The Loose Canon episode on 9/11. Unsurprisingly, Lindsay delves into heavy territory regarding a terror attack that claimed 3000 lives and set up many other wide-reaching and destructive events in the years following. It's made worse by the fact that Lindsay is a New Yorker herself and recently experienced a release of suppressed emotions she didn't even know she held back when visiting a museum about 9/11. It's not entirely mournful, but the tragedy of the attack definitely shows.
To really drive the point home, she closes the video by intercutting "La Vie Boheme" - in which characters loudly celebrate how hip and avant-garde they are - with Larry Kramer's enraged "We are in the middle of a fucking plague!" rant from the documentary How To Survive a Plague.
Her little rant towards the end seems to be the most genuinely angry she's been in one of these videos, and for good reason, as she drops a bit of truth on our "heroes".
Lindsay: A light, user-friendly sort of anarchy does not work in a narrative about the AIDS crisis, because there is nothing noble in extolling the virtues of quietly giving into your disease when there is a system right there that CAN help, and is actively even aggressively failing you but you rejected it because "fuck the man!" I'm not a part of your system! I don't need your protease inhibitors! And that is what "RENT The Movie" ends up being: Sympathetic to an underclass that was violently screwed by the system, but ultimately the embodiment of the voice of the ruling class. That is why a story about homelessness and the AIDS crisis ends up being about "not selling out". It advocates for no revolution, other than the revolution that makes you—as an individual—feel good. It reinforces a worldview that in which the only way to rebel against the system is to reject it, and it might feel good to throw it on the ground, and throw the rest of the cake too. It gives you a sense of power in a world that makes you feel powerless, but in reality the only thing it fosters is actual powerlessness, because in rejecting the system, you are not only failing to take it down, you are also forfeiting any voice within it. RENTtakes an inherently political issueand depoliticizes it to create something comforting and consumable.RENTlooks pretty,and does as little as possible.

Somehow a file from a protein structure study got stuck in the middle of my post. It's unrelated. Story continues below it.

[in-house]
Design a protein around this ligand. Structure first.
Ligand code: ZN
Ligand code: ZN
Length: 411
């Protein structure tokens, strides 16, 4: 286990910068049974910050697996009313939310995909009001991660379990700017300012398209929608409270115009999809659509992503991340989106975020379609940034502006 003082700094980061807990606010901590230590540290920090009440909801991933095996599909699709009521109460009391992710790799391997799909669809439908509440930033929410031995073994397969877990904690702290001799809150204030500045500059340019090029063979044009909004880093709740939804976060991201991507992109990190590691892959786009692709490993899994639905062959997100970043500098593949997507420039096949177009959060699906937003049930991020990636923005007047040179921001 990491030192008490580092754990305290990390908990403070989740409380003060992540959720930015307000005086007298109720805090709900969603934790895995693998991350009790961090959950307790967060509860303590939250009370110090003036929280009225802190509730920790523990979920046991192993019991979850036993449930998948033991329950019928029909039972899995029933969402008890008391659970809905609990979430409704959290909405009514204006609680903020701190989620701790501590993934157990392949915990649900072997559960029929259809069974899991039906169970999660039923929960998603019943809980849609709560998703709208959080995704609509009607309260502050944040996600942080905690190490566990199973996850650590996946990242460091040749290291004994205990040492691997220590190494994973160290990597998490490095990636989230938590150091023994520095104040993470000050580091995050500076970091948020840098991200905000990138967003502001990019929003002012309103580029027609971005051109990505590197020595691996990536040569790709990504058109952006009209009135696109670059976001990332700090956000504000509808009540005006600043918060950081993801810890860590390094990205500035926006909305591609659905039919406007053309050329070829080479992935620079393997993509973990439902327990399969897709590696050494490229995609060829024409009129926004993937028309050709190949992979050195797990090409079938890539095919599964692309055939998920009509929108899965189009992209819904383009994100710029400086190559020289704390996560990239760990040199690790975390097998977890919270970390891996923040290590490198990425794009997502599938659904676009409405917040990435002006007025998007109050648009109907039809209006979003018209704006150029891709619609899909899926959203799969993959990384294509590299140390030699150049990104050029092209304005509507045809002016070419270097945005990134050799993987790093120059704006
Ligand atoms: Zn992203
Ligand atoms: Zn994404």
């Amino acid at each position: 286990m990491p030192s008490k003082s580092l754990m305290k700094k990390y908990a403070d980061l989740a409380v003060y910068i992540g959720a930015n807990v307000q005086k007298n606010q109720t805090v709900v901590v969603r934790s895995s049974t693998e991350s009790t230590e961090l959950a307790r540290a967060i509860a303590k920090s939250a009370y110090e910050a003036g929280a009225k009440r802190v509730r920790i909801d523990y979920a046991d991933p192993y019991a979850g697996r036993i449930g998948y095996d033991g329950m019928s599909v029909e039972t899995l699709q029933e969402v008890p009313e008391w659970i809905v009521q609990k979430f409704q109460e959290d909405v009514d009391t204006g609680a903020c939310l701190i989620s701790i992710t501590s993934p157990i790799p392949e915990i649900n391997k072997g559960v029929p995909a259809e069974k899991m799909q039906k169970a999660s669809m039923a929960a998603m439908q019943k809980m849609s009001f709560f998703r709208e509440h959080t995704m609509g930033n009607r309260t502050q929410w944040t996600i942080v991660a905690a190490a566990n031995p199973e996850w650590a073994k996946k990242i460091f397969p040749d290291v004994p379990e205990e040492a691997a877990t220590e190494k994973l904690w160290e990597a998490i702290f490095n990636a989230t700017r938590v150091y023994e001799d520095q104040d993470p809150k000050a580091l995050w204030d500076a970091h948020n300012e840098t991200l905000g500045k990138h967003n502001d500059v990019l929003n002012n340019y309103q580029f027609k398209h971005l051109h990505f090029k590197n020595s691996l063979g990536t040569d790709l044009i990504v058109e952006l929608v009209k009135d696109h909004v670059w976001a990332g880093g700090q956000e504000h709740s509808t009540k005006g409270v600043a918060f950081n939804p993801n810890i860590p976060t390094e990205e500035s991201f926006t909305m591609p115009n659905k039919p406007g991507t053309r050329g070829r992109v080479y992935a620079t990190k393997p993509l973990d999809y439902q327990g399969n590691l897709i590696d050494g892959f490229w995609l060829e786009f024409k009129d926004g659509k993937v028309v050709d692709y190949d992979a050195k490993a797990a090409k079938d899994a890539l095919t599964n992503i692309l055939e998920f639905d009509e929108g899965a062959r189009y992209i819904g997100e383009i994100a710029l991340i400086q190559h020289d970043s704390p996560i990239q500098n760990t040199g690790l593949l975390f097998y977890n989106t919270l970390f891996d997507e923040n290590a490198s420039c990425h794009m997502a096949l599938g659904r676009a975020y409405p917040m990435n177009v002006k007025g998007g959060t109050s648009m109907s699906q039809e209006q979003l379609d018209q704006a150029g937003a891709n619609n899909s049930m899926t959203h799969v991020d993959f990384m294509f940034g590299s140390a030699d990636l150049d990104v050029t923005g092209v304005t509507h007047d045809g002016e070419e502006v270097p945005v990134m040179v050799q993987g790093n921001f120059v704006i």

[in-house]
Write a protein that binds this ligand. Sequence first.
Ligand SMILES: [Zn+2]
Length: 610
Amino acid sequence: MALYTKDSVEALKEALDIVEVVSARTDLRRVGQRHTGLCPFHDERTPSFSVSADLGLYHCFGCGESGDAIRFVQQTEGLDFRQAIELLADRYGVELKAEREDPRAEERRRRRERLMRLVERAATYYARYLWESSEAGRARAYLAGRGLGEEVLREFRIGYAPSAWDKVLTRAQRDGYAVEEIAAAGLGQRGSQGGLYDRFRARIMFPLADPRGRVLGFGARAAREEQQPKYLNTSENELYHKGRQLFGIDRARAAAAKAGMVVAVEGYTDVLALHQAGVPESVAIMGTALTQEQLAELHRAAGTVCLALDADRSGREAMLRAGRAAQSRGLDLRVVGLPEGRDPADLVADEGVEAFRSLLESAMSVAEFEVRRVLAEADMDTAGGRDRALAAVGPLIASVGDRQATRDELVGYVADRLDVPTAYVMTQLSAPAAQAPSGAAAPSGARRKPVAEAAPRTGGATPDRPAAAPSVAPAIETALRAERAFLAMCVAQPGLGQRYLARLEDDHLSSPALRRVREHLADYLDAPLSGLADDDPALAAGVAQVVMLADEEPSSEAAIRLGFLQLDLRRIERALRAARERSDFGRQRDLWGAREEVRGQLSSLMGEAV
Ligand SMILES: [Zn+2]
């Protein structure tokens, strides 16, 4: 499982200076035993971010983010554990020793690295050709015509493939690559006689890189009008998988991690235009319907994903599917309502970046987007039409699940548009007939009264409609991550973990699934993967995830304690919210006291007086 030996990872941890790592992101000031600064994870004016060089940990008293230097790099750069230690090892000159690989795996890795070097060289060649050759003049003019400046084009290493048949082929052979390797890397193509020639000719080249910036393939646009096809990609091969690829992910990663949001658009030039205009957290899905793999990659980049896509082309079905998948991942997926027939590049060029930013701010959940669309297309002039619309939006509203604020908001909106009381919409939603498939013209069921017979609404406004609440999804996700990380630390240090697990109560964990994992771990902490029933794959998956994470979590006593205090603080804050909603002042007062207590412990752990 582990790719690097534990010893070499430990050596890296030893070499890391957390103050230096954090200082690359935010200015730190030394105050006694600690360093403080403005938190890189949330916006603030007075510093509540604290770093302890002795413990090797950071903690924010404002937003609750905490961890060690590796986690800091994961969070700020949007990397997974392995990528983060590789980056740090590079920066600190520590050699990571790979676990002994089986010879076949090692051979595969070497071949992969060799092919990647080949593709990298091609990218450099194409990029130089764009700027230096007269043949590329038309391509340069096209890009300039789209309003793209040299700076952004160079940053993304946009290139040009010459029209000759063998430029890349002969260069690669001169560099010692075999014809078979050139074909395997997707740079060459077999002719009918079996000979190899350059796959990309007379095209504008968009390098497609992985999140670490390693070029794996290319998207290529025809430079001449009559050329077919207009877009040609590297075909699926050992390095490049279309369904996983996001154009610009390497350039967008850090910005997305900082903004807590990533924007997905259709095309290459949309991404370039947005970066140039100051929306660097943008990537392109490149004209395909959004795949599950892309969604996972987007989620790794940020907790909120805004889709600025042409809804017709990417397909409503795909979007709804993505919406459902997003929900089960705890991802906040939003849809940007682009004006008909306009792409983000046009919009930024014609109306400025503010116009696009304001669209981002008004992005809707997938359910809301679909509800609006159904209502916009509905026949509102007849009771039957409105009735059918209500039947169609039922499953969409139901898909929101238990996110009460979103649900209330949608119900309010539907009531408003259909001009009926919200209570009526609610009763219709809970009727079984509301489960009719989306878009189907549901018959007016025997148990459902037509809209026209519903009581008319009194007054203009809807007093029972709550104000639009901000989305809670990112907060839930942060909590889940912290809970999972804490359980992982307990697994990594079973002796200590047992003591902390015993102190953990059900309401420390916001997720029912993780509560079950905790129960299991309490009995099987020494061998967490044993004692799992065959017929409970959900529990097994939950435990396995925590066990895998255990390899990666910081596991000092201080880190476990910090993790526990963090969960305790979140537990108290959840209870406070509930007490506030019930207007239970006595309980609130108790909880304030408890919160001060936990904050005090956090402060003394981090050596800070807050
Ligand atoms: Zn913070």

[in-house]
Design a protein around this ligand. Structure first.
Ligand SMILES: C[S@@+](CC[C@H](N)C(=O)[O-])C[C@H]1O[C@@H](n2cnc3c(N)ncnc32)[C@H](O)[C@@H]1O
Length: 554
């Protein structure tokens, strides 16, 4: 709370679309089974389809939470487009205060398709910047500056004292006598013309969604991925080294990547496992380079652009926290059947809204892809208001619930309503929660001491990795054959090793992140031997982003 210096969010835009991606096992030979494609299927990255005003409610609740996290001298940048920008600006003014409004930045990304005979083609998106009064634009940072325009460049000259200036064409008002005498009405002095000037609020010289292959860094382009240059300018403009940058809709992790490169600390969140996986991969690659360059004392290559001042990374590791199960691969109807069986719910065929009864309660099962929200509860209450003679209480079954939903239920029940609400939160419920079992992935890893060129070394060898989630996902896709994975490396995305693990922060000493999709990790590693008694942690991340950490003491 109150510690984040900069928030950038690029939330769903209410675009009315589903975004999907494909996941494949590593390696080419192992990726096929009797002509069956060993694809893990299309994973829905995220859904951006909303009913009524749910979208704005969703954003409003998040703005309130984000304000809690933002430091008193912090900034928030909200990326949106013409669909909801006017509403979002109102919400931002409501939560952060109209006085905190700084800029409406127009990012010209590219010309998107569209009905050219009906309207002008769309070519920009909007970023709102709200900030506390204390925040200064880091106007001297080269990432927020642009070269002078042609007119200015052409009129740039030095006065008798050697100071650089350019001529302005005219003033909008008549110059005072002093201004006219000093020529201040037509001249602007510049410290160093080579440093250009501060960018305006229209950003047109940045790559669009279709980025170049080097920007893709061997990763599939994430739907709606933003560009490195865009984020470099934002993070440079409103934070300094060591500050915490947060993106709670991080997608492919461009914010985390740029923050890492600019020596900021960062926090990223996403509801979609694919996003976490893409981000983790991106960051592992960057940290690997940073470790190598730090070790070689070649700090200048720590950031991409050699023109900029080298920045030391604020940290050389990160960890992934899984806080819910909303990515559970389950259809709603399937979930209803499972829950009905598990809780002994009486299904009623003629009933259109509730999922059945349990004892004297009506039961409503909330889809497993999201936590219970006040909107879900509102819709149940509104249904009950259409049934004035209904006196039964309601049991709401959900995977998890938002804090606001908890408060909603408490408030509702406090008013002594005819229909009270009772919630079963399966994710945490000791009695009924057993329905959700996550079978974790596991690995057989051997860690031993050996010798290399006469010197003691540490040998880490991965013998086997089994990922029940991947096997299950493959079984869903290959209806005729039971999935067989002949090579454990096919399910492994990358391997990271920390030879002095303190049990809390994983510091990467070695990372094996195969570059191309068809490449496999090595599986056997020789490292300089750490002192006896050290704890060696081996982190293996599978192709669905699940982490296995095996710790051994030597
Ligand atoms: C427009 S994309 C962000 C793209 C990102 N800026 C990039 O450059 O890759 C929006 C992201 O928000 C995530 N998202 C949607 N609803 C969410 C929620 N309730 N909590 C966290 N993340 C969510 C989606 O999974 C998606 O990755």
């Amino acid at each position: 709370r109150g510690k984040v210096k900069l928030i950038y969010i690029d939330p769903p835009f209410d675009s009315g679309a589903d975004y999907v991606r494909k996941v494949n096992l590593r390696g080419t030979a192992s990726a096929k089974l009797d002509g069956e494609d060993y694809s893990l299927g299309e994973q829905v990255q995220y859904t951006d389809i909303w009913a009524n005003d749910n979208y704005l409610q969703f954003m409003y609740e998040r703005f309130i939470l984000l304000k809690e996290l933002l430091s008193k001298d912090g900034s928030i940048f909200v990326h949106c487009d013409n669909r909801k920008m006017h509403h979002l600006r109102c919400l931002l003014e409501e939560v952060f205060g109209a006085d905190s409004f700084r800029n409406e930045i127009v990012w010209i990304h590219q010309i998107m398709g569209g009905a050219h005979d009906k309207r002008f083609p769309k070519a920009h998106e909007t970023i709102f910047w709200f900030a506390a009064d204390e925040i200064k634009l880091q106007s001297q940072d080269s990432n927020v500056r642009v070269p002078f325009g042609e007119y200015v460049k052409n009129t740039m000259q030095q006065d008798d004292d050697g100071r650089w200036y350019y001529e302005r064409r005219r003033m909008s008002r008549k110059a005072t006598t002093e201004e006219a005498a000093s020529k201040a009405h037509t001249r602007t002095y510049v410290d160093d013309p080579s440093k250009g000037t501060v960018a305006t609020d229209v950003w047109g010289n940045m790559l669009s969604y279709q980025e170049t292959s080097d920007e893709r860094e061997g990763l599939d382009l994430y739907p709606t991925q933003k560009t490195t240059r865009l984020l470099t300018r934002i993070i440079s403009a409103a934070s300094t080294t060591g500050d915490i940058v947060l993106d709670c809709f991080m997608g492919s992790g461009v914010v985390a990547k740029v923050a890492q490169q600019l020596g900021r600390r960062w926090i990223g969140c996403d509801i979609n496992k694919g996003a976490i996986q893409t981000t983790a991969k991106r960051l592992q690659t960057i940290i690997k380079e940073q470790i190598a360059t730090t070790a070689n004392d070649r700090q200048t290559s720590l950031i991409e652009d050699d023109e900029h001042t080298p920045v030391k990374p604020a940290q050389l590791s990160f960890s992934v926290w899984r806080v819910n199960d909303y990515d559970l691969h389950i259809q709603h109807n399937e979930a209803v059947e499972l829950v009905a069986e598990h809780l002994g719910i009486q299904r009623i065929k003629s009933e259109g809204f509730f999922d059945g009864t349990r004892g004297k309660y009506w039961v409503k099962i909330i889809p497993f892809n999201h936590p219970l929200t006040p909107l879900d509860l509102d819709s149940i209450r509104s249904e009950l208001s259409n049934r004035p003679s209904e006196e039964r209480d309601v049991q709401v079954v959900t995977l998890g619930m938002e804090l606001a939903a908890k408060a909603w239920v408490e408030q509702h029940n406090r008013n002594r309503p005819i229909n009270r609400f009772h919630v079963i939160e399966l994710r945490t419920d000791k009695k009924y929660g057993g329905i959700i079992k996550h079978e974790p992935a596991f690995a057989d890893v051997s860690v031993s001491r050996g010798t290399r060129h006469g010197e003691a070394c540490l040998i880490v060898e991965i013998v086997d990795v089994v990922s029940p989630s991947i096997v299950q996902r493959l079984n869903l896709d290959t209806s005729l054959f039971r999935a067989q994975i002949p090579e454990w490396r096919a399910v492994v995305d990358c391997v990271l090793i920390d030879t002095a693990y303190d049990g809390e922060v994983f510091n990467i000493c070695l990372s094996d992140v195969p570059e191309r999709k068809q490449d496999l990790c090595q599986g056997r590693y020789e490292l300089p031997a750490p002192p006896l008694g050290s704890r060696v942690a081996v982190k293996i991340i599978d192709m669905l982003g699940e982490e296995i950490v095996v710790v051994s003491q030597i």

In her "Framing Megan Fox" video, when discussing the sudden replacement of Mikaela with Rosie Huntington-Whitley's Carly after Megan Fox was fired from the franchise when Transformers: Dark of the Moon was almost finished, Lindsay points out that the writing, which gave Huntington-Whitley's character all the plot beats that Mikaela was supposed to have, essentially makes it seem as if the women are not just interchangeable "hood ornaments" to the writers, but to the protagonist. So the conclusion of Mikaela's arc is...coming to realize that her boyfriend doesn't really love her and is just like all the other shitty men she's had to put up with and breaking up with him offscreen. Since she starts the video by explaining that Mikaela is a good character undermined by the camera's relentless sexualization of her, who grows and self-actualizes during the first movie, that's kind of a Downer Ending.
In her video on Guardians of the Galaxy Vol. 2, Lindsay talks about how this movie affected her, comparing the death of her own father with the death of Yondu.
Part 1 of "The Hobbit: A Long-Expected Autopsy" ends as this, with Lindsay summarizing how disappointing and disillusioning The Hobbit trilogy was, especially heartbreaking since The Lord of the Rings trilogy — which was made by much of the same people — was such a massive inspiration to her. She doesn't even really get angry at it, she just feels nothing, making her wonder what even led her to loving The Lord of the Rings and the works of J. R. R. Tolkien in the first place.
It then turns into happy tears when Nella shows up as Lindsay is about to leave for New Zealand, echoing the last scene from The Fellowship of the Ring.
And then there's the ending of part 3, "The Desolation of Warners", where Lindsay returns home after learning about the exploitation of New Zealand labor that contributed to the making of the Hobbit trilogy. At the very end, she says "Well, I'm back," and stares blankly at her room. It alludes to the ending of The Return of the King, but while that scene was (mostly) uplifting, this one is anything but.
The interview with John Callen (actor of Óin in all three films) is also pretty somber. He recalls that while filming the first movie, all the actors had a sense of camaraderie and friendship and looked forward to the rest of the experience. But slowly, as production continued, they realized that the younger characters (most likely Kili, Thorin, Bilbo, etc., though he does not name them) would get more focus above the others. He even states at some point that the rest of the Company actors had become "high-paid extras" at some point.
The Reality Subtext of the whole three part analysis is about examining the way that learning, as an adult, about the difficulties from behind the scenes - exploitation, corruption, and just general shittiness - that happened with the things you loved as a child (or really any age) leads to hurt, as if this thing that you loved and considered formative has betrayed you. It's a hard lesson for anyone to learn and take to heart, because, as pointed out, entertainment leads to trusting the creators with their emotions.
Then there's the fact that the #ChangeTheChannel document was released around the same time, which ended up being an uncanny mirror to the same situation being spoken about in the analysis.
The ending of "How Aladdin Changed Animation (by Screwing Over Robin Williams)" serves as a tribute to the man and the pure heart, not the money or the bankability, that went into his role as the Genie.